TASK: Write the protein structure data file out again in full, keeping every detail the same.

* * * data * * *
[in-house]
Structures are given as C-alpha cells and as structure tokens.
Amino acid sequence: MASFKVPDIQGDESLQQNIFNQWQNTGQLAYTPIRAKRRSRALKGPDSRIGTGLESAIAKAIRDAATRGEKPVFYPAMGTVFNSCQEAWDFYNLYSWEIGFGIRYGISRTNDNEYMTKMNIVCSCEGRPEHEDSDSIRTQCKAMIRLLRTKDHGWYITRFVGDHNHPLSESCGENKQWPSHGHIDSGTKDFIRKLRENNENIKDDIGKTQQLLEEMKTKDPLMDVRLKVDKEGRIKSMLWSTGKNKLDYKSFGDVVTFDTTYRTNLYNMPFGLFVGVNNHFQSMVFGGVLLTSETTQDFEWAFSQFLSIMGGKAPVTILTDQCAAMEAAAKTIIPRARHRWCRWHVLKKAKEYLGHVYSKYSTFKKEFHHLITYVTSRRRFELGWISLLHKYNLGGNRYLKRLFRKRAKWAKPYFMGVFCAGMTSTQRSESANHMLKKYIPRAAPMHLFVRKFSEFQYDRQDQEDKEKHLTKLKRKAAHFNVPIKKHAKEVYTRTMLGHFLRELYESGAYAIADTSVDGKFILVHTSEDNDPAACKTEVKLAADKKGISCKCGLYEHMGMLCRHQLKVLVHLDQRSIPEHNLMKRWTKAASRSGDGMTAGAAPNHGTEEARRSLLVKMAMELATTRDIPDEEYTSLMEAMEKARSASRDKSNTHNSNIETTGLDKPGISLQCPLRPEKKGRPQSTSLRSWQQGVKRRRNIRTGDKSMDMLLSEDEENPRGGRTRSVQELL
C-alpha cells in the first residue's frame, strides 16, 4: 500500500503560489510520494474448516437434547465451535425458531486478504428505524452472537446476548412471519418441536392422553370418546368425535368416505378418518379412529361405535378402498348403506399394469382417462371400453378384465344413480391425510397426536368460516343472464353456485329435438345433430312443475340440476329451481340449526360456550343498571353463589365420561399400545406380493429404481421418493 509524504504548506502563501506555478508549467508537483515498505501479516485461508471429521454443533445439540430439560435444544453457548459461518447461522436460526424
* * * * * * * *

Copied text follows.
[in-house]
Structures are given as C-alpha cells and as structure tokens.
Amino acid sequence: MASFKVPDIQGDESLQQNIFNQWQNTGQLAYTPIRAKRRSRALKGPDSRIGTGLESAIAKAIRDAATRGEKPVFYPAMGTVFNSCQEAWDFYNLYSWEIGFGIRYGISRTNDNEYMTKMNIVCSCEGRPEHEDSDSIRTQCKAMIRLLRTKDHGWYITRFVGDHNHPLSESCGENKQWPSHGHIDSGTKDFIRKLRENNENIKDDIGKTQQLLEEMKTKDPLMDVRLKVDKEGRIKSMLWSTGKNKLDYKSFGDVVTFDTTYRTNLYNMPFGLFVGVNNHFQSMVFGGVLLTSETTQDFEWAFSQFLSIMGGKAPVTILTDQCAAMEAAAKTIIPRARHRWCRWHVLKKAKEYLGHVYSKYSTFKKEFHHLITYVTSRRRFELGWISLLHKYNLGGNRYLKRLFRKRAKWAKPYFMGVFCAGMTSTQRSESANHMLKKYIPRAAPMHLFVRKFSEFQYDRQDQEDKEKHLTKLKRKAAHFNVPIKKHAKEVYTRTMLGHFLRELYESGAYAIADTSVDGKFILVHTSEDNDPAACKTEVKLAADKKGISCKCGLYEHMGMLCRHQLKVLVHLDQRSIPEHNLMKRWTKAASRSGDGMTAGAAPNHGTEEARRSLLVKMAMELATTRDIPDEEYTSLMEAMEKARSASRDKSNTHNSNIETTGLDKPGISLQCPLRPEKKGRPQSTSLRSWQQGVKRRRNIRTGDKSMDMLLSEDEENPRGGRTRSVQELL
C-alpha cells in the first residue's frame, strides 16, 4: 500500500503560489510520494474448516437434547465451535425458531486478504428505524452472537446476548412471519418441536392422553370418546368425535368416505378418518379412529361405535378402498348403506399394469382417462371400453378384465344413480391425510397426536368460516343472464353456485329435438345433430312443475340440476329451481340449526360456550343498571353463589365420561399400545406380493429404481421418493 509524504504548506502563501506555478508549467508537483515498505501479516485461508471429521454443533445439540430439560435444544453457548459461518447461522436460526424